The Māori people believed that objects of treasure (taonga) need to have personal stories attached to them. In this way, they remain connected to the owners. The surreal art of taonga emerged from such a practice. But how can modern historians decipher such codes and completely understand their values, when much of the Māori culture has encountered significant acts of obliteration?
hidden Māori treasures
Though the word has evolved to indicate many things, taonga originally meant tangible and intangible things considered as treasures. Each generation used to pass these treasures to the next. The term thus started indicating the objects that customary practices shaped through their conventions. Over time, the Māori people started attaching words and stories to these objects. Such stories are deeply personal as they are associated with particular families and might not characterize a higher meaning.
The nature of the word’s meaning is such that the Māori people refer to the Māori language too as a taonga. Therefore, the word is wide-reaching in terms of usage. But essentially it denotes something that can be considered a treasure. The Māori language was not formally written. So the people passed this knowledge on orally. It was a treasure to them and needed preservation. The tribal scholars and elders used memory to ensure that the essence of the culture and its histories pass from one generation to the next. The surreal art of taonga thus not only refers to the artifact but also the words, stories, and the entire practice associated with it.
problems for modern art historians
The Māori word for a story is korero. The modern art historian can decipher the discourse surrounding a particular artifact. If this discourse is then associated with that object, then it can be rendered operative. But the modern art historian’s fundamental problem is that it is difficult for them to identify the story. To understand that, they not only have to be experts in the language but also have to be adept in genealogy and local tribal sayings. This is because the stories lack universality and are extremely local in terms of dialect.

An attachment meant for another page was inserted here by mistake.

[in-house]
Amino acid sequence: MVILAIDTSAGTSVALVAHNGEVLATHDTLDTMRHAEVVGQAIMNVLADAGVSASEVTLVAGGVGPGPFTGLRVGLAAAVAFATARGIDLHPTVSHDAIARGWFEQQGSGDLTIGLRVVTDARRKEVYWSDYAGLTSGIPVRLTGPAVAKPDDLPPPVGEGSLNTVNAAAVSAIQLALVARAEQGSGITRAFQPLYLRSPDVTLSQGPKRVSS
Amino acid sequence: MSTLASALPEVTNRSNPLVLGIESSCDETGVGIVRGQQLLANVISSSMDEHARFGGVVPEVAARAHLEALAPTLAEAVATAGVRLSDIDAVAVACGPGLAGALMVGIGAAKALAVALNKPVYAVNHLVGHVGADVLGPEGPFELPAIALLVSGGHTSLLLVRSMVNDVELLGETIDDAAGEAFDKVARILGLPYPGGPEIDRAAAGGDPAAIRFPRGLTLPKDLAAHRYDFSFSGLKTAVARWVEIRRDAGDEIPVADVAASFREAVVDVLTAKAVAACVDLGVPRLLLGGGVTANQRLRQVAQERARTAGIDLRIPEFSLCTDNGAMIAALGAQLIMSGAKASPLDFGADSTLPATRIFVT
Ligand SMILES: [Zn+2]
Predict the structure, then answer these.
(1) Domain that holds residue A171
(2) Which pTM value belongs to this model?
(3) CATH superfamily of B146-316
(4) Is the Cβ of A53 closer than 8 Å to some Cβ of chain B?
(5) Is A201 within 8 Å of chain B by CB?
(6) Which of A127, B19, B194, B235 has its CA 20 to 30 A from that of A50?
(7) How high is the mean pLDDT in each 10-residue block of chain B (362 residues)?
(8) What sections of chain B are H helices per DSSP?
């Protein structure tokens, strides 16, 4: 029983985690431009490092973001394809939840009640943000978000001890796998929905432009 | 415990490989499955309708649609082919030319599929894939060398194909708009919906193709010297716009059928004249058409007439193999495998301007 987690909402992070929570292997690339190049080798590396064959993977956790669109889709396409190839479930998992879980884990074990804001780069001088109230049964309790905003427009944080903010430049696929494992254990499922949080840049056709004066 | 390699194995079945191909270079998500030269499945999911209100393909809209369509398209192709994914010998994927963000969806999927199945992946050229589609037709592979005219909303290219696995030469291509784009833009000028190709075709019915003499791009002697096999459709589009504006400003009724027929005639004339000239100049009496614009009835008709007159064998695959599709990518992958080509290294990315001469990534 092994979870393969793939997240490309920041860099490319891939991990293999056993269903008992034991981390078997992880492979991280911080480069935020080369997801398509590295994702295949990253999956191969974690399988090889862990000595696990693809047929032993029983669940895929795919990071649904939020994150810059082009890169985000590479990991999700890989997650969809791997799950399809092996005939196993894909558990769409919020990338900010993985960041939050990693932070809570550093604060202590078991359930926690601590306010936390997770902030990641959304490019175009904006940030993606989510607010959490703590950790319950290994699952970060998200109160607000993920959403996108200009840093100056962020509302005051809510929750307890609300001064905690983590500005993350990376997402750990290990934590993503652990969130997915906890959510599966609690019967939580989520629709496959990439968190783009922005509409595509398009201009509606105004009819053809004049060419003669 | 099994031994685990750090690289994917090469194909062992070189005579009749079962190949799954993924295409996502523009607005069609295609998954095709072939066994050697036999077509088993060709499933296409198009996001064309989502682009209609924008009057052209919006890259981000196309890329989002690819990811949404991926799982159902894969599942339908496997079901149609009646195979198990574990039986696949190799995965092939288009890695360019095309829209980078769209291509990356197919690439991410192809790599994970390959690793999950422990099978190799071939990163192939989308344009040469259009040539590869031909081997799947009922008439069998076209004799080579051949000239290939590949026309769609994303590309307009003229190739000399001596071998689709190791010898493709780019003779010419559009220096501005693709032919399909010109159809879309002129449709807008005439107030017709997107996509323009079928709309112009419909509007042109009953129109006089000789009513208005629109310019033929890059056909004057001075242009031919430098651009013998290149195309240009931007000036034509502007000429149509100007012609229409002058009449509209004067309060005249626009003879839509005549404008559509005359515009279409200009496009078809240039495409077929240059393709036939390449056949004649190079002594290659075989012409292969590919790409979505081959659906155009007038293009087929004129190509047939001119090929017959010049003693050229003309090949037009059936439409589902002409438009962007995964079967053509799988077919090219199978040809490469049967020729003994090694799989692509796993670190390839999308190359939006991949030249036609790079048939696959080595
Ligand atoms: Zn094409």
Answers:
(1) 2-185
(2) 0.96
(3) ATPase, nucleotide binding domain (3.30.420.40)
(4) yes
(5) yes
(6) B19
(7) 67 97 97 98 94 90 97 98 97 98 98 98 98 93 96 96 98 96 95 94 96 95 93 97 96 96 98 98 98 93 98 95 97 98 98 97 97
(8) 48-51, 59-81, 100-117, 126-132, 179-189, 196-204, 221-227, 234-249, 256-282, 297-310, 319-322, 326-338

Additionally, there is an ethical dilemma regarding the process of korero identification. The words associated with a taonga often present genealogical information. Art historians wonder whether studying the history of a family lineage is ethically correct since it is a private affair. Moreover, such information might not contribute to the identification of the overall Māori art history. The artifacts thus have mostly lost their functional values. Instead, they merely showcase their physical significance in museums. A lot of modern Māori people are becoming associated with such museums. They might be able to decipher the stories behind these objects if they are absolutely familiar with the local dialects.
However, the surreal art of taonga is a visual and cultural experience that has universal values. They need and deserve the contribution of modern art historians. This is because indigenous art can act as a time traveler. The established domain of art history explains the historical contexts in a particular way. However, the history featured in taonga articulates history through a completely different perspective. The words and stories are essentially memories of the elders that elaborate upon events having high significances. If deciphered accurately, they will fill long-existing gaps and connect the present with the past.
Skinner, Damian, “Settler-colonial Art History: A Proposition in Two Parts,” Journal of Canadian Art History, 2014, Vol. 35 Issue 1, p 130-175.